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European Commission Vice President responsible for Industry and Entrepreneurship
Defence Communication: Presentation
Press Conference / Brussels
24 July 2013
Europe is facing a great challenge: strengthening its role in the world and its operative capabilities in the defence and security sector in times of financial constraints.
The defence sector plays a crucial role, also from an economic point of view. The defence industry contributes to Europe's GDP with a turnover of approximately 100 billion euros, creating 400.000 direct jobs and more than 1 million indirect ones.
Many of these jobs employ specialised staff, such as engineers and experts in cutting- edge technologies.
With Europe facing the need to strengthen the competitiveness in such a strategic sector, without handing over its own security, would it then not be beneficial to join forces?
Europe has to find the necessary will to adopt a more integrated defence policy, with a real internal market and a globally competitive industry.
Only in this way will we be more effective and defend our sovereignty, with positive spill-over effects in research, innovation and growth.
As President Barroso already underlined, today the Commission is offering ideas and concrete proposals to Member States that shall be discussed and approved during the European Council in December 2013.
The objective is to strengthen competitiveness and to improve the functioning of the internal market. My colleague Commissioner Barnier will discuss this last topic more precisely.
In order to improve the operational context for industry and SMEs, we need to remove existing obstacles that still limit innovation, research and standardisation efforts.
For example, today in Europe there are 16 different types of frigate, compared to one in the USA, and 17 production lines for tanks, compared to the 2 existing in the USA. Not to mention the 4 different European combat planes.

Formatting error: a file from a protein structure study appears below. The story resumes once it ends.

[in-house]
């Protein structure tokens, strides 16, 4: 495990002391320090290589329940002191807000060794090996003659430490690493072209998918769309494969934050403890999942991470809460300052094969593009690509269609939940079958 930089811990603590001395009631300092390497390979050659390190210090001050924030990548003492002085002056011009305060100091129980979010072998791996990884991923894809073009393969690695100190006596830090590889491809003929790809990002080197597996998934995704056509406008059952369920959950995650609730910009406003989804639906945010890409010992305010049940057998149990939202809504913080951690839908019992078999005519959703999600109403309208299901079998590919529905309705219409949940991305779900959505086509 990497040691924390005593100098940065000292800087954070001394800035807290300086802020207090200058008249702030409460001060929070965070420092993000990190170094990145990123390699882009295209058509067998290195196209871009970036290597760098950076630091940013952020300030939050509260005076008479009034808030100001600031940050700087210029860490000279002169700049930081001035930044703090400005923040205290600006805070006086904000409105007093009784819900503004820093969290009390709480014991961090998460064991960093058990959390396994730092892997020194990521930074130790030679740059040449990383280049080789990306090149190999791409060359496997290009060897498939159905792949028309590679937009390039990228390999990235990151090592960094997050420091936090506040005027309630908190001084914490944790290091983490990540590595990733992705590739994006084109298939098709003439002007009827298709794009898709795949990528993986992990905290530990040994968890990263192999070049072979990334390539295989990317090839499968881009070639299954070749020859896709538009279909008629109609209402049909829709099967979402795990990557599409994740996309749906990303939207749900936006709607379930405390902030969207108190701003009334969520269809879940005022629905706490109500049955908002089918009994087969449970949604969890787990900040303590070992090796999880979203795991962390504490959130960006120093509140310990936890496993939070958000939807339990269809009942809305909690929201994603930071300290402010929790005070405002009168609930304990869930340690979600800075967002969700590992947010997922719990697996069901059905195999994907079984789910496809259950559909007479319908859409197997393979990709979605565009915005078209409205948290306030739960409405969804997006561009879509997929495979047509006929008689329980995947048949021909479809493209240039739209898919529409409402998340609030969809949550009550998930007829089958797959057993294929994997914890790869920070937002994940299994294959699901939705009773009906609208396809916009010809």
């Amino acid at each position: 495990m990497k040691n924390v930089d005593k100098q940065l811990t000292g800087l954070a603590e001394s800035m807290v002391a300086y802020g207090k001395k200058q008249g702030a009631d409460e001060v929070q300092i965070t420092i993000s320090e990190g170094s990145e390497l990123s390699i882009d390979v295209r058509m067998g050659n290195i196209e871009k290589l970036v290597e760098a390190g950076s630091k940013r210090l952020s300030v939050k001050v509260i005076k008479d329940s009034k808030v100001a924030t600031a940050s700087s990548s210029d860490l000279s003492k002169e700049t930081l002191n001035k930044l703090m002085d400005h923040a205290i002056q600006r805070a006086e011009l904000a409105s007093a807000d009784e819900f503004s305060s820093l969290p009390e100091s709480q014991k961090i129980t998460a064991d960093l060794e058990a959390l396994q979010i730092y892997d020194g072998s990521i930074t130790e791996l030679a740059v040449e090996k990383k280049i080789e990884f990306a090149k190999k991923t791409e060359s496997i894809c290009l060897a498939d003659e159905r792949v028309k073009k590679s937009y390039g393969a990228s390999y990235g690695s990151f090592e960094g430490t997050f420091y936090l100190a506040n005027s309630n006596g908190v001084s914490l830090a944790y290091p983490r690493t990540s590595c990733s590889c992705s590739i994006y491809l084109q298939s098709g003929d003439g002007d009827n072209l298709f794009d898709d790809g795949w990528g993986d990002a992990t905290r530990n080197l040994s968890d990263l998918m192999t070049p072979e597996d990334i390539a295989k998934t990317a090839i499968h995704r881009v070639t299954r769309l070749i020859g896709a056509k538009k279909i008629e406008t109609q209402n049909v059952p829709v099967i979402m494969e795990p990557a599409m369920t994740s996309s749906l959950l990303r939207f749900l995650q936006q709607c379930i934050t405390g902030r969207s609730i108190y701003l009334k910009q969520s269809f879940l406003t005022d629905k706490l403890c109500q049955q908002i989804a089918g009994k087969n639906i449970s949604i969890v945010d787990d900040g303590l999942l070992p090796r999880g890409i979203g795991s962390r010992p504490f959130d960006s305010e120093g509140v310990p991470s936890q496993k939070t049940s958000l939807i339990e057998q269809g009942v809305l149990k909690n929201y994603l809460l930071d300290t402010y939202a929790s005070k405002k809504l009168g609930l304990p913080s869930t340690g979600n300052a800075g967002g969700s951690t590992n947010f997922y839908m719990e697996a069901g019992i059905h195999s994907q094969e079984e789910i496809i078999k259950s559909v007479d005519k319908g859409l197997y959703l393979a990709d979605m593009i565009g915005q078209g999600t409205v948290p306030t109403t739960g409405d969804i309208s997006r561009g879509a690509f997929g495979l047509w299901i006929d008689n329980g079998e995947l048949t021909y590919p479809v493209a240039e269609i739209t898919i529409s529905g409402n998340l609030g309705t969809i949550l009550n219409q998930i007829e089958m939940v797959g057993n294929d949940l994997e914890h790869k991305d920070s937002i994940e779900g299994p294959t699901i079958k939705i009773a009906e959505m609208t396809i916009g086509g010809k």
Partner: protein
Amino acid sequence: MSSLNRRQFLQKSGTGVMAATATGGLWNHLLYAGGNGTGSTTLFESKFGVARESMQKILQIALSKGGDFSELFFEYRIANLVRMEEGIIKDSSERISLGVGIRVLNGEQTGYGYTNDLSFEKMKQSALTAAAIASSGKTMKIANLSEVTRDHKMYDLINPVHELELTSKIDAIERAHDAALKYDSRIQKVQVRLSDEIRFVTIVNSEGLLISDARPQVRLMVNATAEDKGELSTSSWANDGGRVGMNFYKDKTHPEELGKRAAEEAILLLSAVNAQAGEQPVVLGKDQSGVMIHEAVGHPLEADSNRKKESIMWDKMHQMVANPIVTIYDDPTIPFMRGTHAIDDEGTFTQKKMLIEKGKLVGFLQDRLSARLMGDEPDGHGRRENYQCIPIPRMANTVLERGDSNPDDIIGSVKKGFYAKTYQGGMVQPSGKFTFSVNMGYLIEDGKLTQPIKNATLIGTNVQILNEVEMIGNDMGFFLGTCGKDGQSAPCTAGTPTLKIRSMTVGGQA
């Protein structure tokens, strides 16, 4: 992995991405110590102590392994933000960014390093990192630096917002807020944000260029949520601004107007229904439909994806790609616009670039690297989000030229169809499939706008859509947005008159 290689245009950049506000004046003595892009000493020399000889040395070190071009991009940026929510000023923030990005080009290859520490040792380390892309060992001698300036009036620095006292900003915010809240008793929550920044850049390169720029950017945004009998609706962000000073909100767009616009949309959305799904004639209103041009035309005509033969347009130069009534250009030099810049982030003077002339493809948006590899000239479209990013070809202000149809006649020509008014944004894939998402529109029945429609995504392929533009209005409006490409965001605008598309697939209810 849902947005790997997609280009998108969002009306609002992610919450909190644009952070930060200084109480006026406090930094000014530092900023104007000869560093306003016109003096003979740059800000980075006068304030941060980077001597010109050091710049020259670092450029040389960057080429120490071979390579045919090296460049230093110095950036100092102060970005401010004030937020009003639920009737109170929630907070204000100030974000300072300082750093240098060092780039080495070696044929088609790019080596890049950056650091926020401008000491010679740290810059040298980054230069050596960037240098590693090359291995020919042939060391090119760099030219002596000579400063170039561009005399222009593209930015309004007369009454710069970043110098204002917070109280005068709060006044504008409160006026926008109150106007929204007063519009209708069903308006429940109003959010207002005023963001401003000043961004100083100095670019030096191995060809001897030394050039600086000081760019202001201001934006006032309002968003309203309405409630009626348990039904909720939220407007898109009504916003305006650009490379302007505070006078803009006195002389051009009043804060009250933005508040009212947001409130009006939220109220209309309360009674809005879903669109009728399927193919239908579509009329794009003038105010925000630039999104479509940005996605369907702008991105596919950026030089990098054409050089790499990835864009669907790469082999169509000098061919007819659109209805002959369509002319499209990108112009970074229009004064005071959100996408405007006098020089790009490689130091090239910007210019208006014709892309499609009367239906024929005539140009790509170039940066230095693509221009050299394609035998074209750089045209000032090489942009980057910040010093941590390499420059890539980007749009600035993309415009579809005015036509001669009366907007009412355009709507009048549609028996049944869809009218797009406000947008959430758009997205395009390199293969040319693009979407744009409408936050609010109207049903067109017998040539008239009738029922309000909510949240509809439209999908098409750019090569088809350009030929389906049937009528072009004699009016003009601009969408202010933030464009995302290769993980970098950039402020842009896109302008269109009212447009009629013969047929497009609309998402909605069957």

In this way Europe, despite having globally more resources available than the USA, does not manage to put in place the same economies of scale, consequently spending more for products which are not necessarily better.
Moreover, even when we employ the same tank or plane, we often use different software or technologies, which make them non inter-operable, thereby increasing difficulties in European common missions.
Also with regards to research, we proceed in an uncoordinated manner. We could have a budget balance superior to that of the USA, with positive spill-over effects in industrial competitiveness, but instead, with 28 separate balance evaluations, it is difficult to create synergies and to compete globally with increasingly advanced technologies.
We need to act now
We need to proceed beyond the two pillar-directives regulating the European defence policy currently, namely Directive 2009/81 on Defence and Security Procurement and Directive 2009/43 on Transfers of Defence-related Products.
In particular, the Commission proposes to:
The space research programmes and the implementation of programmes such as Galileo, Egnos and Copernicus have important effects also on our security.
We have to ask ourselves how to make the best out of the dual nature of space applications and if the EU should have its own defence capabilities based on the Galileo model, the first entirely European space infrastructure.
Europe is currently finds itself stuck at a crossroads and shall be overwhelmed if it does not decide to actively pursue a more integrated Europe.
Increasing coordination in the defence sector, while duly respecting national prerogatives, is a step in the right direction.
To this end, it is important for the European Council in December to discuss these matters and to find the will to proceed further. The Commission is ready to play its role and shall offer its contribution.